In the Pit

Critics Consensus

Although this doc is shot in a simple style, it is a touching and fascinating look at the lives of Mexican laborers.

73%

TOMATOMETER

Reviews Counted: 22

56%
liked it

Audience Score

User Ratings: 76

TOMATOMETER

N/A
All Critics | Top Critics
Average Rating: N/A
Reviews Count: 0
Fresh: 0
Rotten: 0

AUDIENCE SCORE

56%
Average Rating: 3.7/5

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Movie Info

The hardships of a Mexico City construction crew struggling to complete a second deck atop the massive Periférico Freeway are explored in director Juan Carlos Rulfo's studied look at the modern work ethic. As countless drivers zoom past the enormous worksite day after day, the anonymous workers toil away in a relentless drive to finish construction on the massive freeway addition by the scheduled completion date of December 2005. Despite the long hours and sometimes harsh working conditions, workers such as "Shorty" and "EL Grande" look past the sub-standard safety conditions to focus on the task at hand. Though both men know that when the project is finally completed they will likely receive little to no recognition for their monumental feat, the differing attitudes that they take towards their jobs offers a compelling look at the divisive opinions that many Mexicans hold in regards to both themselves and their country.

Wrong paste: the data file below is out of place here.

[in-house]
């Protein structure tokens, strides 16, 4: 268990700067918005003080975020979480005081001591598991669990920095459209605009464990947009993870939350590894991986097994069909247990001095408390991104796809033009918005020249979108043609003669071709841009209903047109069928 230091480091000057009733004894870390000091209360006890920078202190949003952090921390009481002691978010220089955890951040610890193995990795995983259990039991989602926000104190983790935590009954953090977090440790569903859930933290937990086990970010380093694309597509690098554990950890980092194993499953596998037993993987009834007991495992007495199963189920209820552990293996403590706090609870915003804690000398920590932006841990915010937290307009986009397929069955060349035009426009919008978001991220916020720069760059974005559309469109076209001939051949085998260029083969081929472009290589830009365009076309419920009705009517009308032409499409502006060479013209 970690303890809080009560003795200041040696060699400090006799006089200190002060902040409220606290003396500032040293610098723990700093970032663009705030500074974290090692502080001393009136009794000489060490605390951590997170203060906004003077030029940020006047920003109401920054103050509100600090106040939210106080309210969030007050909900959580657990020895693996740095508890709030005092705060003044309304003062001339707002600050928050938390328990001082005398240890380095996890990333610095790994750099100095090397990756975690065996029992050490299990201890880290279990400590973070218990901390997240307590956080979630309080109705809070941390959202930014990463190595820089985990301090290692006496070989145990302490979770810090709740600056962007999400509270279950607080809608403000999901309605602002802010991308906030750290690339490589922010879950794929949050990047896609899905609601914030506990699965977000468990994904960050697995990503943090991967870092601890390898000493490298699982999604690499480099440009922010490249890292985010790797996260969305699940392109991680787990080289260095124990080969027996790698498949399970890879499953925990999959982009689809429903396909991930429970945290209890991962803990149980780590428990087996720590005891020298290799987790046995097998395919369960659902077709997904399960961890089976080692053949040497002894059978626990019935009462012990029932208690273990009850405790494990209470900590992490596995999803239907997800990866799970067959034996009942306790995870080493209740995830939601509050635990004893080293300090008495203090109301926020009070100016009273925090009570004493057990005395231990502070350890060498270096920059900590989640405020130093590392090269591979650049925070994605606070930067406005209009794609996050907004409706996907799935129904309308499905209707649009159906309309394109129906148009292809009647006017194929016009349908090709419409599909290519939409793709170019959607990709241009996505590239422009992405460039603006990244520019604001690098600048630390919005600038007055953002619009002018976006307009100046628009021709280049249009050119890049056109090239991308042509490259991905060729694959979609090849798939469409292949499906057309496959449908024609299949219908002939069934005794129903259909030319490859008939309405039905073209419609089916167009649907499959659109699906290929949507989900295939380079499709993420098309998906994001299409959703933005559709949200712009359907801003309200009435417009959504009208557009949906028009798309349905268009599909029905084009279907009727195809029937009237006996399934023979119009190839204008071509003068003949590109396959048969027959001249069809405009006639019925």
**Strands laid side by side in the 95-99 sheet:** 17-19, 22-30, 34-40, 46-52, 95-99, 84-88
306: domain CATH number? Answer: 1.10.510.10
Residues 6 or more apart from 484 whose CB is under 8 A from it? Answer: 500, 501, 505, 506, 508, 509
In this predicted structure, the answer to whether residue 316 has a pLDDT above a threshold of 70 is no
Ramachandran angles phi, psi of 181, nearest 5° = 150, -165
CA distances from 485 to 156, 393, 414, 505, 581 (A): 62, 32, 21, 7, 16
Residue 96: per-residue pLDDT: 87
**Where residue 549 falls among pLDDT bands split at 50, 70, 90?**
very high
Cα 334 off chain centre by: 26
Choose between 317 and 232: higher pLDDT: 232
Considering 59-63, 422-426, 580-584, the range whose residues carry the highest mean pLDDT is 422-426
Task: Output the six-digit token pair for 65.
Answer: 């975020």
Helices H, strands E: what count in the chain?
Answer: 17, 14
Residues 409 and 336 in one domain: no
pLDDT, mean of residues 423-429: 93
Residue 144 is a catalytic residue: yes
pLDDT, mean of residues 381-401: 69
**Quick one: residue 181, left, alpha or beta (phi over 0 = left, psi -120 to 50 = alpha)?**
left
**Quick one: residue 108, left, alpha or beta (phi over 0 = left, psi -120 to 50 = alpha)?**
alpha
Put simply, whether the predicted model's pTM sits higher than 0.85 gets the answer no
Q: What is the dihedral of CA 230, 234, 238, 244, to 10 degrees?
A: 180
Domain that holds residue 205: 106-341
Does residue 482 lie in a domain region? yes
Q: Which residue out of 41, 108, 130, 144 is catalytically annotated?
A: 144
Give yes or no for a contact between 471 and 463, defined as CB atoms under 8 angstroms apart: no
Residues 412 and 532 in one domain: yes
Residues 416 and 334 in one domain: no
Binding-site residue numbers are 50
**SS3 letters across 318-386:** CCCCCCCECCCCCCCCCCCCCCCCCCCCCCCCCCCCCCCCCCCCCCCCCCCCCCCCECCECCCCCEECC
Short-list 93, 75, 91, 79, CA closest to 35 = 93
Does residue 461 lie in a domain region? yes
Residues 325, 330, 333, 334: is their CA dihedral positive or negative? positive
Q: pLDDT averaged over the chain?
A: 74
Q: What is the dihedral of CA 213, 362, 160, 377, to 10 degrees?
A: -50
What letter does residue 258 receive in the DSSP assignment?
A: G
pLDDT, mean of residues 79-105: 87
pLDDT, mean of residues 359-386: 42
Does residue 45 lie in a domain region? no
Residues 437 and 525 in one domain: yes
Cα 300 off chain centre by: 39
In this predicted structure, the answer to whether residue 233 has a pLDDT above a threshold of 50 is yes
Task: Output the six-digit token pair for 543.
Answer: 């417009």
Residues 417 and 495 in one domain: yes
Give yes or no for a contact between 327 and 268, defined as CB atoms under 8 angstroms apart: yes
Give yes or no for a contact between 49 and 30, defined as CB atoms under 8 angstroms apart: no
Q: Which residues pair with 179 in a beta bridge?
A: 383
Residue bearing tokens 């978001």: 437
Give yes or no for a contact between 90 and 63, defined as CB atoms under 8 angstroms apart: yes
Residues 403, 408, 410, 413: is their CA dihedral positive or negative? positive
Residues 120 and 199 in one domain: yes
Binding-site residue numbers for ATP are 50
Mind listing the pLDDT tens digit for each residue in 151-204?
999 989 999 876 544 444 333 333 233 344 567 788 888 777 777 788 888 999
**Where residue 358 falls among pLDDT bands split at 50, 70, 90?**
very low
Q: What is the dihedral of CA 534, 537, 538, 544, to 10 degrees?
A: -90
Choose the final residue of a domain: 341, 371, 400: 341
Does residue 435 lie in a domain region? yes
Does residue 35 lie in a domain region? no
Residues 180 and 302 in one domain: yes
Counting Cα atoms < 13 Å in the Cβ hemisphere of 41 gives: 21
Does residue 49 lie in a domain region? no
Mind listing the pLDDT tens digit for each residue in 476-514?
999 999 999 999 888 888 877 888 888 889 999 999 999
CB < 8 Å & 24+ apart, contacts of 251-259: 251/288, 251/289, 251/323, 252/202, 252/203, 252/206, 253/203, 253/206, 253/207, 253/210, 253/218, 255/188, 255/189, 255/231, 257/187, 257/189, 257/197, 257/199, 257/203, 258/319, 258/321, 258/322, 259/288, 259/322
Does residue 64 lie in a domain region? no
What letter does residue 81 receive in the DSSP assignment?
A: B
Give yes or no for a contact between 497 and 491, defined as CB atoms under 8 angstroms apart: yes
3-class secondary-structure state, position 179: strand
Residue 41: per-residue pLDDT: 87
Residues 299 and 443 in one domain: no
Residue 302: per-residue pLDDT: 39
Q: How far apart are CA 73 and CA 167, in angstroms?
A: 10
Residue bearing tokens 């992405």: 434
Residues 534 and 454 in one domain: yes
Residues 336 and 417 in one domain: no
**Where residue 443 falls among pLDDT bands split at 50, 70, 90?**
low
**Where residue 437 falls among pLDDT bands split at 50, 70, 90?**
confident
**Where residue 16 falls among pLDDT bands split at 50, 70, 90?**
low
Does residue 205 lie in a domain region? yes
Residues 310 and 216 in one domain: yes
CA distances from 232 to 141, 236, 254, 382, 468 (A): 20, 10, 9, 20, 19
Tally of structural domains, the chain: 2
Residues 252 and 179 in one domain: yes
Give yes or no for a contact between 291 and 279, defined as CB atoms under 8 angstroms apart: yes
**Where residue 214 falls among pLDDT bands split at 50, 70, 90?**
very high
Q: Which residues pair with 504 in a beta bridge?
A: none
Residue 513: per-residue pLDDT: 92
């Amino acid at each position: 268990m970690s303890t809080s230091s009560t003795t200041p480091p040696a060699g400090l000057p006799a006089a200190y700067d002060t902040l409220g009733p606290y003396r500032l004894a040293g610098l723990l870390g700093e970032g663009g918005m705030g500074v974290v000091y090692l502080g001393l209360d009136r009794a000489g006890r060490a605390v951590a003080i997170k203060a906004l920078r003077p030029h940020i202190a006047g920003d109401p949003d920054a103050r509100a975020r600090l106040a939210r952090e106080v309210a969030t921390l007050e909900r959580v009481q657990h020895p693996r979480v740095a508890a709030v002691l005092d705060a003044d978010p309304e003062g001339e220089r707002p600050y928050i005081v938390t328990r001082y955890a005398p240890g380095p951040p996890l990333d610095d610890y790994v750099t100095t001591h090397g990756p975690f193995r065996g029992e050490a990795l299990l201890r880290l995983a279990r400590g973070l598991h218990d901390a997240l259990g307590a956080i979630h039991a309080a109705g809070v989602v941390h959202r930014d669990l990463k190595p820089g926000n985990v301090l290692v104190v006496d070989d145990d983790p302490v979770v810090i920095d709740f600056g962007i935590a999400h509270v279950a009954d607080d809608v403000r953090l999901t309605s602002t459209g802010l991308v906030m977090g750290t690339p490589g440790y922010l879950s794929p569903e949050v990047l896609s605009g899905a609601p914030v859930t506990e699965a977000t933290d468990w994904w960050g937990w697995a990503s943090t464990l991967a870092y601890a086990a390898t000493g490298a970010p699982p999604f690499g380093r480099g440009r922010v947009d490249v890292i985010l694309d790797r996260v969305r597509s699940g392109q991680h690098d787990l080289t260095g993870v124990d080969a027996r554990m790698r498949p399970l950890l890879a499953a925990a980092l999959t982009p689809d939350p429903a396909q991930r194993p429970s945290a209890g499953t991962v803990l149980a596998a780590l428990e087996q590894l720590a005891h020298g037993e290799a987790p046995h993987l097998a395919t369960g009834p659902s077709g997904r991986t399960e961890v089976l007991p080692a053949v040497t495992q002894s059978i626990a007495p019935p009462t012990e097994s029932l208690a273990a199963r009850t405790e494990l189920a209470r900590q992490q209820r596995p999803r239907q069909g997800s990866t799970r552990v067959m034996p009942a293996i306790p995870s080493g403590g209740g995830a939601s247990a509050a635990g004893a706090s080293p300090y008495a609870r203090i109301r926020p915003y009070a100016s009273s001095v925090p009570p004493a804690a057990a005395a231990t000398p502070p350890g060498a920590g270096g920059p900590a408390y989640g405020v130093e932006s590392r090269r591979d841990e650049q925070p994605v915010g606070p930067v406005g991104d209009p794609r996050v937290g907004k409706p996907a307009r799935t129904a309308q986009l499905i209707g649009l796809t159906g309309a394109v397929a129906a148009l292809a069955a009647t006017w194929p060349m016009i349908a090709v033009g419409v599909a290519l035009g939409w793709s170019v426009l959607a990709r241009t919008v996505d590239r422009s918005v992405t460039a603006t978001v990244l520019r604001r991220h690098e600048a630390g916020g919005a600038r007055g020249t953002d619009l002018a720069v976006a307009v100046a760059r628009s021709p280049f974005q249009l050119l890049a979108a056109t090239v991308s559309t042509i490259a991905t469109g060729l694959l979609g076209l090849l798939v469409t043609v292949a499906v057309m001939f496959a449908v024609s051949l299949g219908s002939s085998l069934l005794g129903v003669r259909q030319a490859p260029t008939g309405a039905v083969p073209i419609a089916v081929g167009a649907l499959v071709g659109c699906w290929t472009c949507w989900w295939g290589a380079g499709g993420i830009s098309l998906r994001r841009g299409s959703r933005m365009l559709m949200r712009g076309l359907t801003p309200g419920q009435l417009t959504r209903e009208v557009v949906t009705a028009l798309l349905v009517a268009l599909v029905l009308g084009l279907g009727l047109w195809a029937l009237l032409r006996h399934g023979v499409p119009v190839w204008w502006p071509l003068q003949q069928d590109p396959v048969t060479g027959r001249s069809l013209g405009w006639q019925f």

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Critic Reviews for In the Pit

All Critics (22) | Top Critics (12)

Audience Reviews for In the Pit

½

[font=Century Gothic]"In the Pit" is an insightful documentary about the building of the second deck of the Pereferico Freeway in Mexico City, focusing on men(and one woman) who worked on the immense project.(It should be noted that there is a sort of hyper-masculinity infecting the workers. One even spent his time spying on passing female motorists.) Through this, there forms an incisive portrait of the class system of Mexico. To start, the construction crews were mostly from the lower and working classes who risked their lives working below, on(while dodging traffic) and above the ground. Building another deck was a particularly bourgeois solution to the traffic woes as most people who own a car are at least of the middle class. By comparison, the workers take buses to and from the site. I do not think the second deck will even alleviate traffic in the long run, as it will just lead to more cars taking to the roads.(For more information, read "The Power Broker" by Robert Caro.) and therefore to more pollution. [/font]

Walter M.
Walter M.

Super Reviewer

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